This is really basic knowledge, but I am a little confused. I understand that if you put a tablespoon of water and a tablespoon of olive oil in the same container the water descends at the bottom of the container due to its density. In other words, since we put the same volume, water weighs more and thus it will move below the olive oil.

My question is why is the volume irrelevant with this experiment? Had we put a much bigger volume of olive oil in the container and just a small amount of water, shouldn't the water move above oil, since its smaller amount weighs less?

Any help would be appreciated.


1 Answer 1


In this experiment, the volumes are totally irrelevant. This is because all that matters (when regarding immiscible liquids) is density. Density is the mass of a selected volume of matter (in this case olive oil and water). What is important, is that the water is denser, so it sinks to the bottom. You can think of it, as an interaction between one volume oil and one volume water. Since the water is denser, the same volume of the stuff must weight more. From here, you can use the same logic as before, the heavier one, the water sinks. If you imagine it this way, on the surface of the two fluids there will always be some of both of them, so they'll arrange themselves in the correct order.

Even if the volumes are not the same, we can use Archimedes' principle, which 

indicates that the upward buoyant force that is exerted on a body immersed in a fluid, whether fully or partially submerged, is equal to theweight of the fluid that the body displaces and it acts in the upward direction at the centre of mass of the displaced fluid. Wikipedia

This ask sounds very technical, but what is means, is that the weight of anything submerged in a liquid is decreased by the weight of the liquid it displaced. To put it in other words, it's weight will decrease by the weight of the displaced liquid. Since these two have the same volume, we can compare only their densities.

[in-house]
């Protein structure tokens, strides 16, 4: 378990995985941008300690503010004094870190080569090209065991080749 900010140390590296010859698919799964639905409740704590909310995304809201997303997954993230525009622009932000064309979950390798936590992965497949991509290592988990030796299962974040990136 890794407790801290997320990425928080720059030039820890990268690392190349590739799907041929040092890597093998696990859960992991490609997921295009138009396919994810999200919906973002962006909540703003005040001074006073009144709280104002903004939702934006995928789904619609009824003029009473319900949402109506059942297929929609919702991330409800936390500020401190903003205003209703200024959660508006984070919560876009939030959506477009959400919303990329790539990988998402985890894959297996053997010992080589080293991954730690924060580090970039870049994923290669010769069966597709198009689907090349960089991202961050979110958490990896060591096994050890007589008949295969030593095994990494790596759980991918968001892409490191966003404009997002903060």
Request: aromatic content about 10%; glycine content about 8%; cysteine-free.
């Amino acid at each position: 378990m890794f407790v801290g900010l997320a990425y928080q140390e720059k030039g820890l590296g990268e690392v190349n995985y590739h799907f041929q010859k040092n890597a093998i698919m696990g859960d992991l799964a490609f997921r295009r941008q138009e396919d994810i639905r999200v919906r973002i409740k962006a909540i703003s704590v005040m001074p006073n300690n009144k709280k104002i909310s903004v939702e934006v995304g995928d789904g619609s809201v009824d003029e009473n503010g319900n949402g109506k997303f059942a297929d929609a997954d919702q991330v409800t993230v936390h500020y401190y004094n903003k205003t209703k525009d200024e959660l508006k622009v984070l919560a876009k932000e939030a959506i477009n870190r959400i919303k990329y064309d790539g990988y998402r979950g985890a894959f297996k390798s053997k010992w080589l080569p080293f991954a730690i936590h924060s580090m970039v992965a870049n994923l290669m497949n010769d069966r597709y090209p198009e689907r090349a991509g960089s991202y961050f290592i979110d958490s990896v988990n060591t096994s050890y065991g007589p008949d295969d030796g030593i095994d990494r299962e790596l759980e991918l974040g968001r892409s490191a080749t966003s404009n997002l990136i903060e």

Think of the experiment as oil droplets submerged in water. When imagining is this way, each droplet will displace the same amount of water (which is denser), so its weight decrease by more, than it ever was, resulting in a negative weight. Since weight is the force an object exerts on other ones "downwards" to keep it in place. We know that the system will at some point reach equilibrium. When this happens, if there was any oil in the water, it would mean, that it has negative wight, so it has to exert a force upwards to keep it in place. Since this is obviously not true, we know, that at equilibrium state all the water will be below all the oil.

  • $\begingroup$ I understand the result of the experiment when the volumes are equal. However, I do not understand how can we use the same principal when volumes are different. I can still see that water is denser, but overall is not heavier. $\endgroup$ Aug 7, 2016 at 9:03
  • 1
    $\begingroup$ You are looking at the olive oil as one connected entity, but it isn't. The water can't tell how much olive oil is on top of it. Imagine there is one 'blob' of water, and 4 'blobs' of olive oil. The water will have less volume, but will still stay on the bottom. Why? Well imagine if one blob of olive oil was on the bottom. That wouldn't make sense, would it? That blob wouldn't be the heaviest, even though there are 3 other blobs of olive oil with it. The heaviest blob would still be the water. I'm sorry if this doesn't help, I know what I want to explain but it's hard to put it in words. $\endgroup$
    – Noel
    Aug 7, 2016 at 9:08

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